CARLOS JOSÉ (São Paulo, September 22, 1934)

            At the age of five, Carlos José Ramos dos Santos and his family traded the São Paulo garau for the Rio de Janeiro sun, going to live in the neighborhood of Santa Teresa. Created in a musical environment, in times of romantic songs, he became a fan of Orlando Silva, Sílvio Caldas and Carlos Galhardo, and at age 11, he learned to play guitar with his mother. In 1937, he participated in the Carbon Paper freshmen program of the late Renato Murce, and was ranked first.
In the 50's, when studying at the former Faculty of Law of Catete, he performed with a group at one of his parties, being heard by Flávio Cavalcanti, who took him to TV Tupi, participating in his famous program A Master Inst. On that occasion, he met the composer Alcyr Pires Vermelho, who gave him the recording of his first 78 rpm (Polydor, 1957), with sambas song A Noite (Tom Jobim, Newton Mendonça) and Ouça (Maysa), obtaining great success.

As a result, in the following year the LP Revelation was released, a landmark in his career, which included, besides those already mentioned, other pearls such as Alcyr Pires Vermelho, Jair Amorim, Mathematics Classroom (Tom Jobim, Marino Pinto) , Only Crazy (Dorival Caymmi), Laura (João de Barro, Alcyr Pires Vermelho).
In 1960, the romantic singer recorded two LPs Romance of One Pierrô (seal Odeon), with notable sambas and carnival marches such as Square Onze (Herivelto Martins, Great Othello), Pastorinhas (João de Barro, Noel Rosa), Confetti Junior, David Nasser), and Carlos José sings to you (Continental), with special mention: Saudade Querida (Tito Madi), Bronzes E Cristais (Alcyr Pires Vermelho, Nazareno de Brito), Samba Triste (Baden Powell, Billy Blanco). In 1963, another precious album appeared with The Poetry of Caymmi Na Voz de Carlos José (Continental label), among 12 anthological tracks are: Marina, Nunca Mais, Raft Come Back Alone, The Side Neighbor.
From 1966, he began an historical series of six volumes published with the title One Night of Seresta (seal CBS), for classics of the genre as: Deusa da Minha Rua (Newton Teixeira, Jorge Faraj), Last Estrofe (Cândido das Neves) Of 1966; Ave Maria (Erothides de Campos), Three Tears (Ary Barroso), 1967; Sertaneja (René Bittencourt), Doll (Benedito Lacerda, Aldo Cabral), 1968; I Dreamed You Were So Beautiful (Lamartine Babo, Francisco Matoso), My House (Joubert de Carvalho) 1969; If She Asks (Dilermando Reis, Jair Amorim), Floor of Stars (Silvio Caldas, Orestes Barbosa), of 1970; Someday I'll Tell You (Cristóvão de Alencar, Felisberto Martins), Luar de Paquetá (Freire Junior, Hermes Fontes), 1971.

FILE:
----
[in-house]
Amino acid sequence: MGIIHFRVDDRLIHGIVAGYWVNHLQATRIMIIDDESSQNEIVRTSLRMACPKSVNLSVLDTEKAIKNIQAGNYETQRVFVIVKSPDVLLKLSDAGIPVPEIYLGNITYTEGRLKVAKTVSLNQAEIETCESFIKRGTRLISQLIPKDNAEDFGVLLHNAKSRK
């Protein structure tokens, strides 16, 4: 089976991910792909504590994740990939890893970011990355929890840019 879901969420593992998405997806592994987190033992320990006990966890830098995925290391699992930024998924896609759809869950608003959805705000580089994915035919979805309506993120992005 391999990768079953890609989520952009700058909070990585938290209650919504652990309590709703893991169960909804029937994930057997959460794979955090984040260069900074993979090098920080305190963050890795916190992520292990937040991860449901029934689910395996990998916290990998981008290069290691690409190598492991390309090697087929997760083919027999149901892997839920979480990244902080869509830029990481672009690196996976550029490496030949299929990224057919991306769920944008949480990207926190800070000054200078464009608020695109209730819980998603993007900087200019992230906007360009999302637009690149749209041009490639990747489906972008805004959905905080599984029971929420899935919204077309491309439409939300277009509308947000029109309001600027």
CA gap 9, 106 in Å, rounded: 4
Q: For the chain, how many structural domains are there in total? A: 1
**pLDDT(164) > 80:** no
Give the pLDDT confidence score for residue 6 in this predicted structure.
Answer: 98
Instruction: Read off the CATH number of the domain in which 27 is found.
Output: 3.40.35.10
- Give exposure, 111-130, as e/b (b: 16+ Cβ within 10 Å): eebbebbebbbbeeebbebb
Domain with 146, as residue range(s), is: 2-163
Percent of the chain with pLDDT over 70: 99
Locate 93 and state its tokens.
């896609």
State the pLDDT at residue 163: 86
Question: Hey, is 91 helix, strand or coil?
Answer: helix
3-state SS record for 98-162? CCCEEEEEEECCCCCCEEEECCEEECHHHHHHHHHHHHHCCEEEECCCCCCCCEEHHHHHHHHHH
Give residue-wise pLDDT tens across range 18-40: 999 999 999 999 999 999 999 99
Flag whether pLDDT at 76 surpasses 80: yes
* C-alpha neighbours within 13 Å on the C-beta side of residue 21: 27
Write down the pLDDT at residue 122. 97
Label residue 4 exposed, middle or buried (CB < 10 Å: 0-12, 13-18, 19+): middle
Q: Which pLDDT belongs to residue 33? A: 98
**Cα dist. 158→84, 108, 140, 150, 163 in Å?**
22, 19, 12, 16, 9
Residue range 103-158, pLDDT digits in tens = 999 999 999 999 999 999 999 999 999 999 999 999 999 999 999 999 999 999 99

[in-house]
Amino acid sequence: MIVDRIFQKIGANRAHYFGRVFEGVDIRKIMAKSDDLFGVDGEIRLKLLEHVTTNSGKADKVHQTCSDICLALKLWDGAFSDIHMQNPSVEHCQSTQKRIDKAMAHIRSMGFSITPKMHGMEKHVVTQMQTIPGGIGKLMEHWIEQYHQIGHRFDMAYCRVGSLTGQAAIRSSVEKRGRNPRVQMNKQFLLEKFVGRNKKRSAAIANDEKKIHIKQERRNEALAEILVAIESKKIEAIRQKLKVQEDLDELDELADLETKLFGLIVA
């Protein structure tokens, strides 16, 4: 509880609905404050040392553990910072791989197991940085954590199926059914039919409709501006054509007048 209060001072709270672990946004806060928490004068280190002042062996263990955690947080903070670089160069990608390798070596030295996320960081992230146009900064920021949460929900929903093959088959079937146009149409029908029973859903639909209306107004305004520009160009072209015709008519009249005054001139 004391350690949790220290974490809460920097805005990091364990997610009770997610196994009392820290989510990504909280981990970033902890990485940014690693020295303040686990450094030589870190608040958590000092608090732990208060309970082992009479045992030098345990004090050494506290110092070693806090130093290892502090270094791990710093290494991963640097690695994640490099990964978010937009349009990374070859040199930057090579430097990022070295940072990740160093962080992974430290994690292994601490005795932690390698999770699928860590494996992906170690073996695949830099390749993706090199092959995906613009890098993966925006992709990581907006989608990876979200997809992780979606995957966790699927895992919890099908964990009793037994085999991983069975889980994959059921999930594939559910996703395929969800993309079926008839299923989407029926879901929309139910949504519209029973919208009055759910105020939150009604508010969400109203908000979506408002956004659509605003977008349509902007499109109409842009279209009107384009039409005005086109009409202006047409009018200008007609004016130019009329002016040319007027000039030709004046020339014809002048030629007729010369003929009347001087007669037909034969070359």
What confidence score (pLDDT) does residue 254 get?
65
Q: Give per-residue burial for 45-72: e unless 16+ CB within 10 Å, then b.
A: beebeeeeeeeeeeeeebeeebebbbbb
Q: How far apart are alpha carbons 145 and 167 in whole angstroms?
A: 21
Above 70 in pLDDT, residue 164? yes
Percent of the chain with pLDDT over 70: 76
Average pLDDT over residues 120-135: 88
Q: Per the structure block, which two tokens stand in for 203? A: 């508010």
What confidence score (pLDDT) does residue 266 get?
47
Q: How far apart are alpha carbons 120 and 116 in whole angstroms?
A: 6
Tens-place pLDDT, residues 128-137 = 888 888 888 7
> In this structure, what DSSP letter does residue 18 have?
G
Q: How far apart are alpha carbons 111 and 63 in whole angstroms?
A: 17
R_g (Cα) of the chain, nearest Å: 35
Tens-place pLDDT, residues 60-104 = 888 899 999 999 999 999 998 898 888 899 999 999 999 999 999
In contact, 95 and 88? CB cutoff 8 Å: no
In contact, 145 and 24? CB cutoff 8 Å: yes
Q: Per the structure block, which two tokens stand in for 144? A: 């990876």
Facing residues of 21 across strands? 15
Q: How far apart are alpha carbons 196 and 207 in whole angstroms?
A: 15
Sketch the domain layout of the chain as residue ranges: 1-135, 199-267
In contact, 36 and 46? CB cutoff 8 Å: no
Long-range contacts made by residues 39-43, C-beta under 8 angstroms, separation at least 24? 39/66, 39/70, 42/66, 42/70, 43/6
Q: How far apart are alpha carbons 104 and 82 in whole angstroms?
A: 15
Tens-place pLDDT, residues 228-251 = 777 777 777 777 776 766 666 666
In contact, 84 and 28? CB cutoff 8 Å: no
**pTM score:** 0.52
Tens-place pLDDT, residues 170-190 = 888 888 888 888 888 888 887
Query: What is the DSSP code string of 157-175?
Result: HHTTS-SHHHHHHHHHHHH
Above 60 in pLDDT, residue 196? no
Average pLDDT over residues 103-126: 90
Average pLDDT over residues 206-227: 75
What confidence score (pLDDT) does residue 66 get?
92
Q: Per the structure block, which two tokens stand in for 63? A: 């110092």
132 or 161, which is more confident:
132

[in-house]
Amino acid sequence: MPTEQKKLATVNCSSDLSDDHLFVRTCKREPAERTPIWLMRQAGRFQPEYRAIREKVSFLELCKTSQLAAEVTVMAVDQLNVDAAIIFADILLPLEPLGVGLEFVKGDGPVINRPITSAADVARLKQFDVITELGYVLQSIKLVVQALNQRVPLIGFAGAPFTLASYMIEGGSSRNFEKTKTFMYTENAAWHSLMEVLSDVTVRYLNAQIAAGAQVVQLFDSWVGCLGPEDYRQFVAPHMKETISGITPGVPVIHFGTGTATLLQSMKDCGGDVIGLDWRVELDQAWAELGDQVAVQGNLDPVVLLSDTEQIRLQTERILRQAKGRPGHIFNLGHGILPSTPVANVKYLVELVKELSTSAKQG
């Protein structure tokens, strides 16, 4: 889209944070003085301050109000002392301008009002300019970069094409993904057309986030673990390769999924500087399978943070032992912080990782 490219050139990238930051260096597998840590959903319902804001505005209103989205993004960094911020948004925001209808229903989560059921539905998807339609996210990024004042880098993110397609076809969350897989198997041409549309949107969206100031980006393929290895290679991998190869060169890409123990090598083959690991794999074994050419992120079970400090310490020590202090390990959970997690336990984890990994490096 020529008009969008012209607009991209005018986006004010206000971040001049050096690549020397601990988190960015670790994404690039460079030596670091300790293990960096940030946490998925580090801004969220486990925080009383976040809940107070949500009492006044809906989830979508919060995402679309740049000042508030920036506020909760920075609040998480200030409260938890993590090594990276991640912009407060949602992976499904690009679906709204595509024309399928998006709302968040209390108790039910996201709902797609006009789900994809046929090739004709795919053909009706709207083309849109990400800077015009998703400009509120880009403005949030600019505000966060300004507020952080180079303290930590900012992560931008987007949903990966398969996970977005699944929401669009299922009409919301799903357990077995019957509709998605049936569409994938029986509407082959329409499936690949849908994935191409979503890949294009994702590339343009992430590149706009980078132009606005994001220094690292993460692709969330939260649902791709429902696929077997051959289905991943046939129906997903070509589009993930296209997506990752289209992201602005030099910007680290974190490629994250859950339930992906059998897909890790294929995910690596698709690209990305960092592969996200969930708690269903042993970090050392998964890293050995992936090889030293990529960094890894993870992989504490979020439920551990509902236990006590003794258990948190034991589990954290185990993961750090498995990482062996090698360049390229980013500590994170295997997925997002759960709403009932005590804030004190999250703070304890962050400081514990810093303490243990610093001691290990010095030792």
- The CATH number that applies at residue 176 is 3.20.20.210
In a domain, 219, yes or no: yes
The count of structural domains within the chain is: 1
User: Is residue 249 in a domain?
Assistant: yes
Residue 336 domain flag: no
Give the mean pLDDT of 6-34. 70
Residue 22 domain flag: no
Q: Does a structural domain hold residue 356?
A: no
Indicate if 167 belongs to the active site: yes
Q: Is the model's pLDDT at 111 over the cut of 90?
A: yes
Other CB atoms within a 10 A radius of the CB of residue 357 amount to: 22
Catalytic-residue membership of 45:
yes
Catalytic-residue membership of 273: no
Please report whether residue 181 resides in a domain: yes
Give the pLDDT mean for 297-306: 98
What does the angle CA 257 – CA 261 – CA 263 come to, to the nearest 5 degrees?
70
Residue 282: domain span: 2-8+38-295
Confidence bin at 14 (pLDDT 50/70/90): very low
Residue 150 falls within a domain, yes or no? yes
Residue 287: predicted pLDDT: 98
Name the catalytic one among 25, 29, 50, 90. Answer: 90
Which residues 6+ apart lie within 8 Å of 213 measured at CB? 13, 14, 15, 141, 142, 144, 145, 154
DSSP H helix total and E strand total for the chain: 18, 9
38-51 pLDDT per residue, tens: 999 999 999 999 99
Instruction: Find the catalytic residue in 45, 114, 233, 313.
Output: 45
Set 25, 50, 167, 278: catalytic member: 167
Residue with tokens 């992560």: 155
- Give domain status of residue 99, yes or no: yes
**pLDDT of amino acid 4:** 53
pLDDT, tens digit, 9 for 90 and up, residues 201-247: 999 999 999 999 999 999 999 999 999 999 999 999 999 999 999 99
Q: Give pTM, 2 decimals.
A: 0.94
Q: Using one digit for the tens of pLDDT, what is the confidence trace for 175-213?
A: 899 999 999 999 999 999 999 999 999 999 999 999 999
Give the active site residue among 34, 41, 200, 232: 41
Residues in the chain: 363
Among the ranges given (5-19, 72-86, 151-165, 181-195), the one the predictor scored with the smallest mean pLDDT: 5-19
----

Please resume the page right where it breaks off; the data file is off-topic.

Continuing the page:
In 1981, she toured several cities in the south and southeast, through the Pixinguinha Project, accompanied by the group Viva Voz (known at the time as "the singers of the amnesty") and by the potiguar singer Terezinha de Jesus. On international stages, he has also been widely applauded in South American countries (such as Paraguay, Venezuela and Colombia), and in Europe (Italy and Portugal). He later became a member of SOCIMPRO (Brazilian Society for the Administration and Protection of Intellectual Rights), of which he was a founding partner.
In the late 90's, two CDs were released in the series 20 Super Sucessos (Polydisc), with original remastered of its expressive repertoire. In 2014, Carlos José joined the talented younger brother, guitarist and arranger Luiz Cláudio Ramos, for independent production of CD Musas das Canções, in honor of the presence of women in Brazilian music, such as Maria (Ary Barroso, Luiz Peixoto), Odete (Herivelto Martins, Dunga) participation of Chico Buarque, Ai Que Saudades da Amélia (Ataulfo ​​Alves, Mário Lago), Emilia (Haroldo Lobo, Wilson Batista), and others.
With his melodious, crystalline voice, with perfect timbre, Carlos José occupies a relevant place among the best singers of his generation.

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